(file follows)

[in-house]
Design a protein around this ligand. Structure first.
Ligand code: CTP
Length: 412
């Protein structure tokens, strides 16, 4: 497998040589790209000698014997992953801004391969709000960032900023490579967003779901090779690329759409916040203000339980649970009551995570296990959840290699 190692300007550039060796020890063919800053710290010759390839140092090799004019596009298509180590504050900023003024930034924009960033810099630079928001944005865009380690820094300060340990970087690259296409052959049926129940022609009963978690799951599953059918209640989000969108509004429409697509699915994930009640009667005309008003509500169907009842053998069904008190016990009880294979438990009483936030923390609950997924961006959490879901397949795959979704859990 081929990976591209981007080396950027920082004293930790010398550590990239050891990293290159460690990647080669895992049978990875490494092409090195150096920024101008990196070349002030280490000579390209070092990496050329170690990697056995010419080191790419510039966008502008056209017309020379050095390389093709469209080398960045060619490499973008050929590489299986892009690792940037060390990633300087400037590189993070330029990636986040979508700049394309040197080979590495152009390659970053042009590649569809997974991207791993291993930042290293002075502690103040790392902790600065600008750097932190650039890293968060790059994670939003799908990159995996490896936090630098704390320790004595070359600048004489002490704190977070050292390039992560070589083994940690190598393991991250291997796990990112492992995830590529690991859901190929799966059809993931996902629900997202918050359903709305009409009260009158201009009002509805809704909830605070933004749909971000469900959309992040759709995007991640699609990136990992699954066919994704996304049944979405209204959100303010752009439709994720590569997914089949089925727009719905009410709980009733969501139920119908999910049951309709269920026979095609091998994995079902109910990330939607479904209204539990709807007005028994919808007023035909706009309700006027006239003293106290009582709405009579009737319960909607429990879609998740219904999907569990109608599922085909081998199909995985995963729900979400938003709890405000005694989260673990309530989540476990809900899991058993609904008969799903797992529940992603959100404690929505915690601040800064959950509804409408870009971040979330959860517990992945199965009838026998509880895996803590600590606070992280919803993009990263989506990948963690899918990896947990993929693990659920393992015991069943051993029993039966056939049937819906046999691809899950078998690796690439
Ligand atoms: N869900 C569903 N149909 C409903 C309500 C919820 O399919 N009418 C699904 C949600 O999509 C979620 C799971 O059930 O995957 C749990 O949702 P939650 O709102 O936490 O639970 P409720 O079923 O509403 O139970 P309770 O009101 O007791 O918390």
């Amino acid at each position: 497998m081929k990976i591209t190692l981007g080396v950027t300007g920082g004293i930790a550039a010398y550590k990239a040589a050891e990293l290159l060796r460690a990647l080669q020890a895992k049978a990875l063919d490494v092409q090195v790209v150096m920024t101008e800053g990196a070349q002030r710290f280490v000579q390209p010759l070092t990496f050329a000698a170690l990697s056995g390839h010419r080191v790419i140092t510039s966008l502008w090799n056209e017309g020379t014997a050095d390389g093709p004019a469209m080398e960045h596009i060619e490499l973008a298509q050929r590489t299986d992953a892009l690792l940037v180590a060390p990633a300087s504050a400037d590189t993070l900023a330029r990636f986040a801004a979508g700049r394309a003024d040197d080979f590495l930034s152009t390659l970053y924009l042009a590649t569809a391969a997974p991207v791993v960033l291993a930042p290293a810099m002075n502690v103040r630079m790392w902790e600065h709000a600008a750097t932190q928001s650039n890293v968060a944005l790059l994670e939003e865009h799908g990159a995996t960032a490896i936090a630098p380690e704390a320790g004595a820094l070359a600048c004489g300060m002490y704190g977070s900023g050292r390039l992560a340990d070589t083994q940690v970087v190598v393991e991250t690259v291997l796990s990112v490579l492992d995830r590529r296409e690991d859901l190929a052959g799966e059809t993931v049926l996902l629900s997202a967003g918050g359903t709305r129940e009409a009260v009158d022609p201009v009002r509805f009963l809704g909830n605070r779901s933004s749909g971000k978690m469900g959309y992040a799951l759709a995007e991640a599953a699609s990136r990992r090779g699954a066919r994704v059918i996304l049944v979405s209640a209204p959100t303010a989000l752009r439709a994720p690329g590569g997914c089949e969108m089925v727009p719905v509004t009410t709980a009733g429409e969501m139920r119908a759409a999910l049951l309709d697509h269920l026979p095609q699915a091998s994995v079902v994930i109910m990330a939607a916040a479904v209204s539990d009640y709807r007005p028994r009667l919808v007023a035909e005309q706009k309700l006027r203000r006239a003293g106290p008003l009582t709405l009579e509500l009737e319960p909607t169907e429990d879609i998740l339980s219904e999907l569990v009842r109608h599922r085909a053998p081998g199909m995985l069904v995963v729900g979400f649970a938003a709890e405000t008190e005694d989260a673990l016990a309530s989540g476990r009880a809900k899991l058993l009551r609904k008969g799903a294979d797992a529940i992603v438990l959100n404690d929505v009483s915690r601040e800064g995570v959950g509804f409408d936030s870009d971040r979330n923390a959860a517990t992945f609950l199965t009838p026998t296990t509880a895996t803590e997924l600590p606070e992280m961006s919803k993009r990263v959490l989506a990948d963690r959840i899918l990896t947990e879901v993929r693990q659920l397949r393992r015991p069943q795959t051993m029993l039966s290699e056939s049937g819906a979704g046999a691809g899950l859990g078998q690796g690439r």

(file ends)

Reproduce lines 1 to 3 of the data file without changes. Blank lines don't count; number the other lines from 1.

[in-house]
Design a protein around this ligand. Structure first.
Ligand code: CTP